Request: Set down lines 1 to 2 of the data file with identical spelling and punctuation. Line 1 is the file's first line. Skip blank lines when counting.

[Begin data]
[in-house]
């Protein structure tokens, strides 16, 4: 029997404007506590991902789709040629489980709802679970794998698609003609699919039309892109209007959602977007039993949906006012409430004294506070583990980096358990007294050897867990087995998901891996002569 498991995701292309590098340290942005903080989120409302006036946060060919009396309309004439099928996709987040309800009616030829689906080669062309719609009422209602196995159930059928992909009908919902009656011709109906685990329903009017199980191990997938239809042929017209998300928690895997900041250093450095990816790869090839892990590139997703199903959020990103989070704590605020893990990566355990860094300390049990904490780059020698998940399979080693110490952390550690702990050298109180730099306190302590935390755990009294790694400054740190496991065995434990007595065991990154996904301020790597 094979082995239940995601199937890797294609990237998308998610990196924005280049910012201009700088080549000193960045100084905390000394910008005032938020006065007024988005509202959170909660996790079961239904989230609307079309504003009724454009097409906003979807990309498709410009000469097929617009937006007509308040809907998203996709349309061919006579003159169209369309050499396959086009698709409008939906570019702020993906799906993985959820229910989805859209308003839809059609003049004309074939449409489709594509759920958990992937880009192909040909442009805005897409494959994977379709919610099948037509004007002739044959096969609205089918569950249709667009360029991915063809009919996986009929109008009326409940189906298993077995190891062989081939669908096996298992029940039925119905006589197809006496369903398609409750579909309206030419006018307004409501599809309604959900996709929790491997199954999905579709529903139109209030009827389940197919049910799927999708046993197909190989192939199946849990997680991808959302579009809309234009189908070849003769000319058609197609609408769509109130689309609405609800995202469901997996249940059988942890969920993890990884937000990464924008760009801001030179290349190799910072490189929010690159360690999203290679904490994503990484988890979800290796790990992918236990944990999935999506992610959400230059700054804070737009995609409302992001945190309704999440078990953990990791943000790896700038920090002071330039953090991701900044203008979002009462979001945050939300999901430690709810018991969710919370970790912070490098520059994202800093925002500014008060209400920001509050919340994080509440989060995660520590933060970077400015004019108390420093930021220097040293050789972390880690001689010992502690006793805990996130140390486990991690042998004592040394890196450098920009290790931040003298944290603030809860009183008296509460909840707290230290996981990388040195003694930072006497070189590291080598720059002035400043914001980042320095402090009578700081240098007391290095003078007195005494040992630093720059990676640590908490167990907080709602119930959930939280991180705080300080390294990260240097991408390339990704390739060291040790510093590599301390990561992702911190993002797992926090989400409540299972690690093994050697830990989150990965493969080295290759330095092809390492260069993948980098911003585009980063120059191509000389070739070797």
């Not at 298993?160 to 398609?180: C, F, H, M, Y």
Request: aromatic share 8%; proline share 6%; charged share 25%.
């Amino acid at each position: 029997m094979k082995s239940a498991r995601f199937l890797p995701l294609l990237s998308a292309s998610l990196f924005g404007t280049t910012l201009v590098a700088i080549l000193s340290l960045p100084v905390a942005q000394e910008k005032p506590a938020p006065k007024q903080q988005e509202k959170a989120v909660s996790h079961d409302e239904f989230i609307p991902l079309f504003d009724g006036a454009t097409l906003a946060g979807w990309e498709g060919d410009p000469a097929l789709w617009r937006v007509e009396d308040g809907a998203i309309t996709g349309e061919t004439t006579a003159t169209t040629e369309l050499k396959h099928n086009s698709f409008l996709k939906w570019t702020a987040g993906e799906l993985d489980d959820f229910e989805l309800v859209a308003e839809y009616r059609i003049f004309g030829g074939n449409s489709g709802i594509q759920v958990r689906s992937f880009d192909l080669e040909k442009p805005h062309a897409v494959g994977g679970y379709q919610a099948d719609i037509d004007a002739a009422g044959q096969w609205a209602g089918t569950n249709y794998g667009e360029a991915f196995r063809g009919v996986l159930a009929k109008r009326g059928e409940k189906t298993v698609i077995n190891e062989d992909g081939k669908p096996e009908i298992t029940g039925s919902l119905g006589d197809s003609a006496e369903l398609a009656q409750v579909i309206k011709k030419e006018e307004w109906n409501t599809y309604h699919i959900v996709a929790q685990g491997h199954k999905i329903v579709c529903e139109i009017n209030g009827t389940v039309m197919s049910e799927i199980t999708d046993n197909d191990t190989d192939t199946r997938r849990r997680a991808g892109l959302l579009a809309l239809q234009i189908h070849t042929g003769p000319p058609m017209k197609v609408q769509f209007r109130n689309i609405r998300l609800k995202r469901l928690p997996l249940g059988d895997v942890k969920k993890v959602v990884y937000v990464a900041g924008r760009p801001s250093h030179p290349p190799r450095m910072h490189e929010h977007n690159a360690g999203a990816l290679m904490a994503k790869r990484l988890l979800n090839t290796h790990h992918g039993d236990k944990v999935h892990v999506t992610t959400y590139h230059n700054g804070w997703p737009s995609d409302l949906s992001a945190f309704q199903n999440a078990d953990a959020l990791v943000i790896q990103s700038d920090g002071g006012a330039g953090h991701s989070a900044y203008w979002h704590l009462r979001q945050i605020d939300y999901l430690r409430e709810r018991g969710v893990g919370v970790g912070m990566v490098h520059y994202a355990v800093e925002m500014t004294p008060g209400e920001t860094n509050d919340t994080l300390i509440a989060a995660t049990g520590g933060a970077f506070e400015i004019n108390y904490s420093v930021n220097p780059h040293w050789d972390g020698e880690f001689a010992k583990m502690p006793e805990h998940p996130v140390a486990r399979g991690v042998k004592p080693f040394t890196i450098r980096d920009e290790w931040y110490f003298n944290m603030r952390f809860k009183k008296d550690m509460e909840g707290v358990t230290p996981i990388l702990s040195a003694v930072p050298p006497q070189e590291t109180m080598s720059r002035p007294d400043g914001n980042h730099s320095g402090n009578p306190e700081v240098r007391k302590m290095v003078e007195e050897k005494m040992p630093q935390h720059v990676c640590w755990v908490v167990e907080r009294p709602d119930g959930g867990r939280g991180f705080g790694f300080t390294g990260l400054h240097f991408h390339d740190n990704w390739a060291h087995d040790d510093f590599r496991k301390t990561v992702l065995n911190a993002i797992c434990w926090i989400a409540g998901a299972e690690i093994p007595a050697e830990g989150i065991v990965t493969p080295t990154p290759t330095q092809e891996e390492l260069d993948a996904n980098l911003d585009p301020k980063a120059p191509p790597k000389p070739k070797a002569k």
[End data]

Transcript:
[in-house]
């Protein structure tokens, strides 16, 4: 029997404007506590991902789709040629489980709802679970794998698609003609699919039309892109209007959602977007039993949906006012409430004294506070583990980096358990007294050897867990087995998901891996002569 498991995701292309590098340290942005903080989120409302006036946060060919009396309309004439099928996709987040309800009616030829689906080669062309719609009422209602196995159930059928992909009908919902009656011709109906685990329903009017199980191990997938239809042929017209998300928690895997900041250093450095990816790869090839892990590139997703199903959020990103989070704590605020893990990566355990860094300390049990904490780059020698998940399979080693110490952390550690702990050298109180730099306190302590935390755990009294790694400054740190496991065995434990007595065991990154996904301020790597 094979082995239940995601199937890797294609990237998308998610990196924005280049910012201009700088080549000193960045100084905390000394910008005032938020006065007024988005509202959170909660996790079961239904989230609307079309504003009724454009097409906003979807990309498709410009000469097929617009937006007509308040809907998203996709349309061919006579003159169209369309050499396959086009698709409008939906570019702020993906799906993985959820229910989805859209308003839809059609003049004309074939449409489709594509759920958990992937880009192909040909442009805005897409494959994977379709919610099948037509004007002739044959096969609205089918569950249709667009360029991915063809009919996986009929109008009326409940189906298993077995190891062989081939669908096996298992029940039925119905006589197809006496369903398609409750579909309206030419006018307004409501599809309604959900996709929790491997199954999905579709529903139109209030009827389940197919049910799927999708046993197909190989192939199946849990997680991808959302579009809309234009189908070849003769000319058609197609609408769509109130689309609405609800995202469901997996249940059988942890969920993890990884937000990464924008760009801001030179290349190799910072490189929010690159360690999203290679904490994503990484988890979800290796790990992918236990944990999935999506992610959400230059700054804070737009995609409302992001945190309704999440078990953990990791943000790896700038920090002071330039953090991701900044203008979002009462979001945050939300999901430690709810018991969710919370970790912070490098520059994202800093925002500014008060209400920001509050919340994080509440989060995660520590933060970077400015004019108390420093930021220097040293050789972390880690001689010992502690006793805990996130140390486990991690042998004592040394890196450098920009290790931040003298944290603030809860009183008296509460909840707290230290996981990388040195003694930072006497070189590291080598720059002035400043914001980042320095402090009578700081240098007391290095003078007195005494040992630093720059990676640590908490167990907080709602119930959930939280991180705080300080390294990260240097991408390339990704390739060291040790510093590599301390990561992702911190993002797992926090989400409540299972690690093994050697830990989150990965493969080295290759330095092809390492260069993948980098911003585009980063120059191509000389070739070797």